Volume 48, Issue 2- February 2013


Let’s Make Lemonade
Tips to Make the Most Out of Showroom Options
by Paul Bieber

Everyone in the glass business has a storeroom chock full of supplies that are an overhead expense about which we all complain. So, as the old saying goes, “When you get stuck with lemons, start selling lemonade.” Clean up part of your showroom; put some bins on standard shelving and start selling every supply item you have in stock. Every sale results in profit as you really have no inventory carrying cost.

Sell it All
Are you going to compete with Home Depot? Of course not. Anyone who buys your supplies is buying on impulse and not price. They are probably just there for a few minutes while you go in back and find their repaired window. Why will consumers buy from you? Because you are selling professional-grade products. Put signs over your parts display stating these are the tools and supplies you use every day--not the cheap, flimsy tools in the discount stores.

Still not convinced? Read on and consider selling the following products:
• Professional glass gloves: also the world’s best gardening gloves;
• Professional glass cutters: for the home handyman and hobbyist;
• Professional grade glass cleaner: now that their windows are fixed, help keep them clean;
• Professional grade silicone sealer: in many colors;
• Professional grade latex or acrylic sealants: the right product in the right place;
• Safety glasses (also should be worn when doing home-based projects);
• 3 x 24 sanding belts: cloth backed for long-life (sell your new sanders too);
• Razor blades: loose or in boxes of 100 (be sure to leave the wrappers on);
• Every other tool, fastener and caulk in your shop—from glass pliers to screwdrivers.

Make the Most of It
It doesn’t cost you a cent to display everything you use and I promise you will make extra profit. Double your cost on everything you sell. For heavy items, add your freight-in cost to the product selling price. Even if you shop at Home Depot, resell the products at your prices. Putting everything out actually improves how your customers will look at you. They’ll see you have special tools and supplies that only a professional uses.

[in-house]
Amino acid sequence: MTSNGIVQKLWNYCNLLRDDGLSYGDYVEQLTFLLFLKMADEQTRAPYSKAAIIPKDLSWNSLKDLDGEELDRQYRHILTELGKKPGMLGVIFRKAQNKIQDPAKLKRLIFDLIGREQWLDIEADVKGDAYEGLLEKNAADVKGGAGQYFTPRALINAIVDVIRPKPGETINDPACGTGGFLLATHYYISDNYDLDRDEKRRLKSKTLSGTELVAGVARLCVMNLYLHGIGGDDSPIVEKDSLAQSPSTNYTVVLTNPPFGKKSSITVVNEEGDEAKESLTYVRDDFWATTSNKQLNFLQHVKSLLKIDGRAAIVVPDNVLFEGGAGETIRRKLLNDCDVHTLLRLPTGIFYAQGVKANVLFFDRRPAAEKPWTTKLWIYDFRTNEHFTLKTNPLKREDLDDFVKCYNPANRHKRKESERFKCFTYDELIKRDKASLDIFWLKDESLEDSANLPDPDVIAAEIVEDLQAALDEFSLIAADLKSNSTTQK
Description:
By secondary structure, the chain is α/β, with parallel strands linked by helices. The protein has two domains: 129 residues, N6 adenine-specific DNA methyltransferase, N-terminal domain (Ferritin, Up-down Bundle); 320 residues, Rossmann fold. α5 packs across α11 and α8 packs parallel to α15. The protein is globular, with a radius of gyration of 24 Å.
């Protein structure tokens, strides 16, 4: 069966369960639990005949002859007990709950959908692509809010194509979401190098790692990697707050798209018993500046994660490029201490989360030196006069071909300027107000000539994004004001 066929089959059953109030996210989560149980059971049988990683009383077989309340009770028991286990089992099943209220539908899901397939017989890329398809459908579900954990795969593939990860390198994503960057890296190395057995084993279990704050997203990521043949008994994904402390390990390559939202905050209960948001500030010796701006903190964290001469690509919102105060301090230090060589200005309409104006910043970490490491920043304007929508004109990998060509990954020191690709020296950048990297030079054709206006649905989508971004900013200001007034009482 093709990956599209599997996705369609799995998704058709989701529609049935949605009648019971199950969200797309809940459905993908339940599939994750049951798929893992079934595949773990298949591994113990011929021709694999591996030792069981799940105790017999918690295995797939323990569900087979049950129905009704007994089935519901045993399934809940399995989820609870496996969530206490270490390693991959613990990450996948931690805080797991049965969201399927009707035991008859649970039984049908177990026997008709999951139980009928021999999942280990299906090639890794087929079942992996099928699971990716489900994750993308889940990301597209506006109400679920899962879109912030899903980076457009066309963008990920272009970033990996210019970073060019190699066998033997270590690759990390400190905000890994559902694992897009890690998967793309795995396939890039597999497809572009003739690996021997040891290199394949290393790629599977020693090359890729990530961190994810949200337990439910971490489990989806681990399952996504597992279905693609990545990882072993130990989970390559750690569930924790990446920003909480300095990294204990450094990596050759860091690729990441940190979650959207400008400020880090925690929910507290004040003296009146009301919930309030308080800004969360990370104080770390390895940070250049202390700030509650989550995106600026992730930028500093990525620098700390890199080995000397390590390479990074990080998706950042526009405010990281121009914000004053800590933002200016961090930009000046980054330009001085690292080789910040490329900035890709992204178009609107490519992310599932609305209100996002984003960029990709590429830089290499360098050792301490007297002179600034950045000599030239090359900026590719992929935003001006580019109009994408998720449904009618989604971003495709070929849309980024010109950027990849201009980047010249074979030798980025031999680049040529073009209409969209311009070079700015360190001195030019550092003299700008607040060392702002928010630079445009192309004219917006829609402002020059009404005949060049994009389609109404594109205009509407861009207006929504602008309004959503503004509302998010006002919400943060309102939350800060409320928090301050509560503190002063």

Whenever you have 1/8-inch mirror cutoffs, cut them to 2- by 2-inches, seam the edges and sell compact mirrors for a quarter. Sell 12- by 12-inch pieces of screen wire for the homeowner who needs a base for their bird feeder. There are glass shops that sell broken tempered glass in 10-pound bags for $5 as decorative stone for gardeners. Charge more for tinted! I saw a shop where they drilled ½-inch holes in ¼-inch cutoffs, selling the round slugs in bags of 12 as checker pieces. A bag of clear and a bag of tint sold for $10 each. Go to a game website and buy blank checkerboards and you can sell the whole package.

Every shop probably has an IG unit that is the wrong color or size. Homeowners will buy these units at a discount when they are building something and can be flexible about the size. Don’t assume your only option is to feed your dumpster. Customers also love a “scratch-and-dent” section--your scratched mirrors, table tops or shower doors.

Profit Potential
Look at everything in your shop as an item that can be resold to the public. You have to clean up your showroom, put up catchy signs and have good lighting. Do you think you will have a shoplifting problem with small-sized supplies? If so, place them closest to your register.

The best single item you can sell, in our glass business or in any business, is a pre-paid gift card. You get the funds now and, on average, only 80-85 percent of the cards will be redeemed. You don’t need a preprinted plastic card; write out a gift certificate on a note card for each sale. Again, put a sign up in your showroom: Give a friend a new table top or a framed mirror using Joe’s Glass Shop’s gift cards.

Paul Bieber has 30 years experience in the glass industry, including 21 years as the executive vice president of Floral Glass in Hauppauge, N.Y., from which he retired in 2005. You can read his blog on Tuesdays at http://usgpaul.usglassmag.com.

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